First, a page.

WILMINGTON – The Bruins escaped their recent hearing with league disciplinarian Brendan Shanahanunscathed when Milan Lucic wasn’t suspended for his collision with Ryan Miller. Boston’s bitter rivals, the Montreal Canadiens, met a different fate.
Habs winger Max Pacioretty was suspended for three games by the league. The New Canaan, Conn., native cut across his defensive zone in a game against the Penguins in Montreal on Saturday night and made direct contact with his elbow to the head of Pittsburgh defenseman Kris Letang.
Letang, who has 19 points in his first 22 games for the Pens, was left bloodied on the ice after the collision but returned to action and eventually scored the game-winning goal in overtime. Pacioretty wasn’t initially penalized on a play that reminded Bruins coach Claude Julien of a similar, now-infamous incident involving Penguins forward Matt Cooke in March of 2010.
“To me, it resembled the hit [Marc] Savard took from Cooke a few years ago,” Julien said following Boston’s practice at Ristuccia Arena on Tuesday. “It was almost identical. That’s the league’s decision to make. It certainly doesn’t have any links to what happened to him (Pacioretty) last year. It’s two totally different things. He was on the receiving end of one and then he was on the giving end of another.”
Julien, of course, is referring to the hit on Pacioretty delivered by Zdeno Chara during a game in Montreal last season that left the Canadiens winger with a fractured vertebrae and a concussion – a play that undoubtedly encouraged the league to reexamine its protocol and make a stronger effort minimize the growing number of devastating head-shots being dished out across the NHL.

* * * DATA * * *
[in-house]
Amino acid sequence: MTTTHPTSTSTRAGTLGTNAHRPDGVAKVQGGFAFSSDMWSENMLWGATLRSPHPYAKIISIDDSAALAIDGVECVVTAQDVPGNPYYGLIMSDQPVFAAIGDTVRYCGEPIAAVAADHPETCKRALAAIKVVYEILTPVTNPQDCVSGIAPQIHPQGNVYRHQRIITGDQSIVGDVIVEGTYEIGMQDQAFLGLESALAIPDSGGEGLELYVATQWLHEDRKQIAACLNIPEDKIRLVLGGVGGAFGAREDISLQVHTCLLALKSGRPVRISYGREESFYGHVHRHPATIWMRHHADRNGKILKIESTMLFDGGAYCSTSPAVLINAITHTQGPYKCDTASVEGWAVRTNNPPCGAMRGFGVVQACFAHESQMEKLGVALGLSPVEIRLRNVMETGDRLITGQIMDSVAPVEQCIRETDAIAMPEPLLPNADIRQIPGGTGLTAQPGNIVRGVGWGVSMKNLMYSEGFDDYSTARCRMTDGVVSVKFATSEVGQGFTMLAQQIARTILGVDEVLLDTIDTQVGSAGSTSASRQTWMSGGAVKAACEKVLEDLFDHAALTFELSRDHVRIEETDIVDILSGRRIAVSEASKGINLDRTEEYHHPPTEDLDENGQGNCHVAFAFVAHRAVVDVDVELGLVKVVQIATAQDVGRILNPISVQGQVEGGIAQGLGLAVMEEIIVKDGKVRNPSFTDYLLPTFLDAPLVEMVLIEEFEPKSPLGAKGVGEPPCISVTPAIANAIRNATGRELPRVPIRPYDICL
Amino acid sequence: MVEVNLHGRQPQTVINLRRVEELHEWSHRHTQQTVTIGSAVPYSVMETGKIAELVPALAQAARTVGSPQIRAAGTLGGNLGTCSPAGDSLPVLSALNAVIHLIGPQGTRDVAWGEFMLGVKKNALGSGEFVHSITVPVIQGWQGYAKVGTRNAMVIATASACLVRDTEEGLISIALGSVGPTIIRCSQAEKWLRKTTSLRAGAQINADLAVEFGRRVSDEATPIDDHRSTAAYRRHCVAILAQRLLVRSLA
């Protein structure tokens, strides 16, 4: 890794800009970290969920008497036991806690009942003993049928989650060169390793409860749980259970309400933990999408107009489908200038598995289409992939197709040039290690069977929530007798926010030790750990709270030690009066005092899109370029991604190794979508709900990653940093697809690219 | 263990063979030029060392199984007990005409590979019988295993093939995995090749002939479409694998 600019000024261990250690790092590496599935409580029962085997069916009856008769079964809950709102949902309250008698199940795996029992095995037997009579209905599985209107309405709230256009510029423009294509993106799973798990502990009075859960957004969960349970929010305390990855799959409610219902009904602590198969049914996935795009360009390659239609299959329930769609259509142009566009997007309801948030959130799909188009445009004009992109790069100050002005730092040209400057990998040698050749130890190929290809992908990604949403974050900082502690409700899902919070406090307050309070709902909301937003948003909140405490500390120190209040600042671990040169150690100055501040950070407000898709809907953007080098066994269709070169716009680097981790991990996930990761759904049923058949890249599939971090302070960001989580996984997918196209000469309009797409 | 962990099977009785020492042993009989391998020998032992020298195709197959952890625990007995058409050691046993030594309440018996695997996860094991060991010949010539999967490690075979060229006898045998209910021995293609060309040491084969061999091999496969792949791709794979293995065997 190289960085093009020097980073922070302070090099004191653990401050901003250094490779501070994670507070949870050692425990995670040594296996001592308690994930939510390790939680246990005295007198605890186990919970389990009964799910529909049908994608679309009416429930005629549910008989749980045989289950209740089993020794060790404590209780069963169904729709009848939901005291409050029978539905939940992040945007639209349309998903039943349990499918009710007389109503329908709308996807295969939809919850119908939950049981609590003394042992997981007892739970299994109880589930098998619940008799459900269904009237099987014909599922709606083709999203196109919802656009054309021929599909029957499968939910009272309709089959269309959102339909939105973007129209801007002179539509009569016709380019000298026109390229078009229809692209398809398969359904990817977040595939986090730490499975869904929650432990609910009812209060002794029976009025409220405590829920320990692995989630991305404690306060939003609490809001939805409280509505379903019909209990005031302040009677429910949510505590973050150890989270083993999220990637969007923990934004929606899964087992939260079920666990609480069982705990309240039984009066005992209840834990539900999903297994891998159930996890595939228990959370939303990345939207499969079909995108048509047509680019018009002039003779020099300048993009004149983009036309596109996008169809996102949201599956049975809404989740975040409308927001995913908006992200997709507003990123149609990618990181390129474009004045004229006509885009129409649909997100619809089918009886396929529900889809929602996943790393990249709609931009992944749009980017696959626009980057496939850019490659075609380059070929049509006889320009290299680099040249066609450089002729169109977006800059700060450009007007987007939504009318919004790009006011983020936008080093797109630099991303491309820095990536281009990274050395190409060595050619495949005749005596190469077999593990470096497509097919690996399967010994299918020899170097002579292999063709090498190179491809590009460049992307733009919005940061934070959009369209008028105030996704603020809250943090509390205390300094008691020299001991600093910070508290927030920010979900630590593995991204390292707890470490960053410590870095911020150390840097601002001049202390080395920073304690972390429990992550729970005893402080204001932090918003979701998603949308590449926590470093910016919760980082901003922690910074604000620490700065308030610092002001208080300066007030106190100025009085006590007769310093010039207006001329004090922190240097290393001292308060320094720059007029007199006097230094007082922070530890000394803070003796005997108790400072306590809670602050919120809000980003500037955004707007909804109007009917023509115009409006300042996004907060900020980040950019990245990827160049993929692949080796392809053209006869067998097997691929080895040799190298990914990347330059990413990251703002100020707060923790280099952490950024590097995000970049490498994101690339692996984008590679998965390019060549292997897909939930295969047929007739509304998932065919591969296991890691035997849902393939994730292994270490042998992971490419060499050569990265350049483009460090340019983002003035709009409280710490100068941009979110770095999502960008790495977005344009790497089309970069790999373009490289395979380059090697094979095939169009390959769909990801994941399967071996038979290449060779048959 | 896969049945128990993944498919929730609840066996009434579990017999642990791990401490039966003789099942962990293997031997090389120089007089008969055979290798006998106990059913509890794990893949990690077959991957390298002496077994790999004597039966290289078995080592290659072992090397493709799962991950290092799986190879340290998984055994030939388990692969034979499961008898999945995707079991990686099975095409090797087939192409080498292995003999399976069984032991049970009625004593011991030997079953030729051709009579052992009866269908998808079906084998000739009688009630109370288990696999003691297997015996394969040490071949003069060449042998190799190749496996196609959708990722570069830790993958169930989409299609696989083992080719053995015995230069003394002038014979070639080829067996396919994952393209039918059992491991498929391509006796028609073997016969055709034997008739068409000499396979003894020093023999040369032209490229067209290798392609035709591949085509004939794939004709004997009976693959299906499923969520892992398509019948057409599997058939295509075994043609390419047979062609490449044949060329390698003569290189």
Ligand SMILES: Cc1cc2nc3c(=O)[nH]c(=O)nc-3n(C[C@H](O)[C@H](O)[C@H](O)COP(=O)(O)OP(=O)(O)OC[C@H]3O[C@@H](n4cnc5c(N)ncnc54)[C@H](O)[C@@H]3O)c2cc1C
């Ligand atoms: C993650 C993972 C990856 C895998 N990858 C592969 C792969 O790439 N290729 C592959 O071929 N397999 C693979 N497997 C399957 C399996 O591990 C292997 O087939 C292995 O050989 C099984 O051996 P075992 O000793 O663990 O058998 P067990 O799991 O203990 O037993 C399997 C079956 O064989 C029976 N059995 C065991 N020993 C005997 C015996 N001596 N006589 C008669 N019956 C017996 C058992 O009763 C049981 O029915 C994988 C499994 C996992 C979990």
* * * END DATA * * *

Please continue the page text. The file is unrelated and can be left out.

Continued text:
“I think in a way they’ve made that as a group,” Julien said of the league’s decision. “I know ‘Shanny’ has kind of taken that role on, but I think the NHL as a group decided to take that stance and take it a step further. To me, sometimes if you want to get the message across you’ve got to be really harsh and strong on those decisions early on.
As far as Julien is concerned, that’s the only way to get through to players and make them think twice about following through with hits up high.
“You’re trying to educate players to have a little bit more restraint and composure, as far as those hits are concerned,” the Bruins coach said. “The only way to do that is to be hard right off the bat. I’m sure once everybody gets educated and those kinds of things get better, you’re going to see less and less of that going on.”